San Diego’s defense entered the game ranked dead last in overall efficiency according to Advanced NFL Stats, but they held Denver’s record-breaking offense to its lowest output of the season, in terms of both points and yards (295).
Their previous lows had been 27 points against KC in Week 11, and 397 yards against these same Chargers in Week 10.
Another day, another record-setting performance for the Broncos (11-2). Another year, another playoff berth for John Fox’s squad.
Last week, Eric Decker set a new team mark for touchdown receptions in a game. Sunday, in the Broncos’ 51-28 (Gamebook) win over the visiting Titans (5-8), they established new marks for both their team and the league, clinching their third straight playoff berth along the way.
Matt Prater hit a 64-yard field goal to break the record for the longest in league history, and the Broncos racked up 39 first downs, their most in franchise history.
Their 515 points are the most of any Broncos team; the prior record of 501 was set by the 1998 tite squad.
Hmm, loading up to stop the run against a Peyton Manning-led team? That’s exactly what the Chiefs opted for on Sunday.
The strategy was anything but predictable, but the result was, as the Broncos (10-2) overcame a 21-7 deficit and hung on for a 35-28 (Gamebook) win over the host Chiefs (9-3), completing a season sweep and giving them a commanding advantage atop the AFCW.
It was a record-setting day for Peyton Manning, whose five touchdown passes gave him a new franchise mark of 41 on the season, and for Eric Decker, whose four scores set a new Broncos single-game record.
For thirty minutes of play, Manning/Brady 14 did not appear to have much of a chance of living up to billing. Of course, it was a matchup between Tom Brady and Peyton Manning, and Sunday night’s game did not disappoint.
But bouncing footballs were the stars of the show, rather than the future HOF quarterbacks.
The Broncos (9-2) stormed out to a 24-0 lead, allowed the Patriots (8-3) to score 31 straight points, and then forced overtime with a fourth-quarter touchdown drive, before ultimately succumbing in a 34-31 (Gamebook) classic.
For the third straight week, Kansas City's
overrated vaunted defense allowed over 400 yards, and the Chargers (5-6) knocked off the Chiefs (9-2) in an epic 41-38 shootout.
Philip Rivers threw for 392 yards and three touchdowns, including a last-minute 26-yarder to Seyi Ajirotutu, giving the Broncos a chance to take sole possession of first place in the AFCW tonight with a win at New England.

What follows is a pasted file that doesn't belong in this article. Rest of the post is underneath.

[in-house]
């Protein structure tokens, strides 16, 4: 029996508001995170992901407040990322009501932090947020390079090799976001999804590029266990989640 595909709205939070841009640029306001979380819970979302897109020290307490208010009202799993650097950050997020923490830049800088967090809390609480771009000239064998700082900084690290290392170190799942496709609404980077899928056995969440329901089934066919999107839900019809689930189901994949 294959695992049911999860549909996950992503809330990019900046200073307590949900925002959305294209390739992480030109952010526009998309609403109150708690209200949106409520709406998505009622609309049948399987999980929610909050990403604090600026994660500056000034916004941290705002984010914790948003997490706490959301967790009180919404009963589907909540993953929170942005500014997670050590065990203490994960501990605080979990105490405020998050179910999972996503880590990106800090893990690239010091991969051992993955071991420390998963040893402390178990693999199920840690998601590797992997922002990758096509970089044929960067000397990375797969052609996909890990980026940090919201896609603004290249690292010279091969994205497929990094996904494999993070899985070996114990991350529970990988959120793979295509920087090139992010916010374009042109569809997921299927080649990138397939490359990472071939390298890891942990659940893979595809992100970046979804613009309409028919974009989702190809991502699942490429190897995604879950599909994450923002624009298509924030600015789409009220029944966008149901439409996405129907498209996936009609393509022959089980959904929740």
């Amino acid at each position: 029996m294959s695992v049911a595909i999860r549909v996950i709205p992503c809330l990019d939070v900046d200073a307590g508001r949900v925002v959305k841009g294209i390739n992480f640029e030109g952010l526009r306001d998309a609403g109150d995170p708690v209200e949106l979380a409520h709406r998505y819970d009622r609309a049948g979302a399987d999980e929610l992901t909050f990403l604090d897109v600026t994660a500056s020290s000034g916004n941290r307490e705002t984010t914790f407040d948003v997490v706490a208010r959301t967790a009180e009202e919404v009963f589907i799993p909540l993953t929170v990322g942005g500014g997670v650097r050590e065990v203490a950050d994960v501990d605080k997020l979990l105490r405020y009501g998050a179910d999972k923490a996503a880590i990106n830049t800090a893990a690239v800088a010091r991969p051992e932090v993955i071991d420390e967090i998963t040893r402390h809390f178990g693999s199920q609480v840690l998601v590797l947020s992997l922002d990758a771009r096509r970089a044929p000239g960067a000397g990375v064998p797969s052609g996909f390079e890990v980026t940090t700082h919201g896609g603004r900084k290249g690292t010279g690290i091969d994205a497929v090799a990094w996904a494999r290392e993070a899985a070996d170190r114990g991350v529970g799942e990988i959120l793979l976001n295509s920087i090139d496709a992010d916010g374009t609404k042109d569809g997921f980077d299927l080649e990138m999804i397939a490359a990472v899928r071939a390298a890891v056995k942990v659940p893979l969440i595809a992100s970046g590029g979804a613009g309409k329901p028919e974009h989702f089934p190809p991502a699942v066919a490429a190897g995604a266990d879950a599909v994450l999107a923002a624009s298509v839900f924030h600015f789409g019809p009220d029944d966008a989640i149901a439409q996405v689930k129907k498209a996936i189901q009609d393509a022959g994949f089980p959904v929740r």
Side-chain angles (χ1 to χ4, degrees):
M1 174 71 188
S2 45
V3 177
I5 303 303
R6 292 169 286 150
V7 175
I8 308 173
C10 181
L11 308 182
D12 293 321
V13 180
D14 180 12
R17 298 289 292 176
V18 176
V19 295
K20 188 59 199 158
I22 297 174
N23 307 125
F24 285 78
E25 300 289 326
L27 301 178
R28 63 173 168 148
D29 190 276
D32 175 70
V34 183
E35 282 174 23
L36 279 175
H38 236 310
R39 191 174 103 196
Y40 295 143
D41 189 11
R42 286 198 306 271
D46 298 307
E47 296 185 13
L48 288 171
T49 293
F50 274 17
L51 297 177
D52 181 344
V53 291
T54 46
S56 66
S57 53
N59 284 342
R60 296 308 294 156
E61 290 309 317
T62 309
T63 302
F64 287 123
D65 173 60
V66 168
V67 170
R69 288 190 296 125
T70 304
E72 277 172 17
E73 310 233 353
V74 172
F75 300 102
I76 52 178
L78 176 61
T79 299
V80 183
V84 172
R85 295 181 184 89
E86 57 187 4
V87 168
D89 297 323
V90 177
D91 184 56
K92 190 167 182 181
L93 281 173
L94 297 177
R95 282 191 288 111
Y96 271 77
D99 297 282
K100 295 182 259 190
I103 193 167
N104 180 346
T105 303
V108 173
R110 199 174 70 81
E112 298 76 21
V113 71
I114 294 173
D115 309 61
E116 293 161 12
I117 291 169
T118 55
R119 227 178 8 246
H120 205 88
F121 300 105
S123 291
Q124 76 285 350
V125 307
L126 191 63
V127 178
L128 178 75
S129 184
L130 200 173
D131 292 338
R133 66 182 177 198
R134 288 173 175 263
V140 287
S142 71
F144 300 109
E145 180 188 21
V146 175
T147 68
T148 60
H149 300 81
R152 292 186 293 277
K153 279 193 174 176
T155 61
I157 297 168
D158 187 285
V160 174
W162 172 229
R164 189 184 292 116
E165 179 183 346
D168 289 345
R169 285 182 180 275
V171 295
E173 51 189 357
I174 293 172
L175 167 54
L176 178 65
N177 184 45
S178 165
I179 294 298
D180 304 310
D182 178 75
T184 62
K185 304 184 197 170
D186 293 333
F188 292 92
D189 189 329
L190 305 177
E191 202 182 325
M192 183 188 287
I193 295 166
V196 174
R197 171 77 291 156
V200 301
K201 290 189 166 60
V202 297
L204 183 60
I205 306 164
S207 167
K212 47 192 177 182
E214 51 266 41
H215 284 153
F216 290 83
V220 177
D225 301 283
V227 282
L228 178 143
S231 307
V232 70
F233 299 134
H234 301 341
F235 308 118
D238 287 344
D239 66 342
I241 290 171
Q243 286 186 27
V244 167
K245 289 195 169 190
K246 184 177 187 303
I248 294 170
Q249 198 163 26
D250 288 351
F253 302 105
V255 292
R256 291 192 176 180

Denver/KC was billed as the game of the year, or even among the best of all-time, based solely upon the teams' W/L records.
But in reality, these were the squads ranked 3rd and 16th in overall efficiency according to Brian Burke's rankings.
In other words, it was something of a mismatch, and it played out precisely that way (not that these things always do).
Monday night's showdown between the rising Panthers and always contending Patriots turned out the better matchup, and may have been the season's best game to date.
Not that they were ever terribly worried, but the '72 Dolphins can pop those champagne corks. In an AFCW showdown that wasn't as close as many had expected, the Broncos knocked off the NFL's last unbeaten team, 27-17 (Gamebook).
Denver and Kansas City are now tied atop the AFC and AFCW at 9-1, with the rematch coming just two weeks from now at Arrowhead.
But before that, the Broncos head to New England for Manning/Brady 14, while the Chiefs will host the Chargers.
For the first time all season, the Broncos (8-1) failed to score 30 points (or 33, to be exact), but they leave San Diego with a 28-20 (Gamebook) win over the Chargers (4-5), setting up next week's showdown at SAF@MH against the Chiefs (9-0).
In the team's first game without head coach John Fox, who's in North Carolina recovering from heart valve replacement surgery, Peyton Manning threw for 330 yards and four touchdowns, including three to Demaryius Thomas on consecutive possessions - two to close the first half, and another to open the second.
San Diego pulled one over on Denver with a successful punt fake on their opening possession, but the Broncos eventually forced a punt.
Kansas City (9-0) dodged another bullet on Sunday to remain undefeated with a 23-13 victory at Buffalo (3-6).
For the Chiefs, it was their fifth straight week facing either a backup quarterback or one who'd taken over midseason, and to their credit, they again took full advantage.
Kansas City's defense allowed a season-high 470 yards and 25 first downs, but as they've been doing all season long, they came up with huge plays when it counted most.
Denver started the game by forcing Washington into a quick three-and-out, and then drove 77 yards in nine plays, with Wes Welker scoring from six yards out for his ninth touchdown of the season. For Welker, that ties his career single-season high, only halfway through the year.
From there, the rest of the half was characterized by some textbook Foxball. First came another replay challenge that ignored the leverage of a situation (in this case, again, low). Later on, there was a punt on 4th-and-3 from the plus-43, even with a quarterback having perhaps the greatest season in history.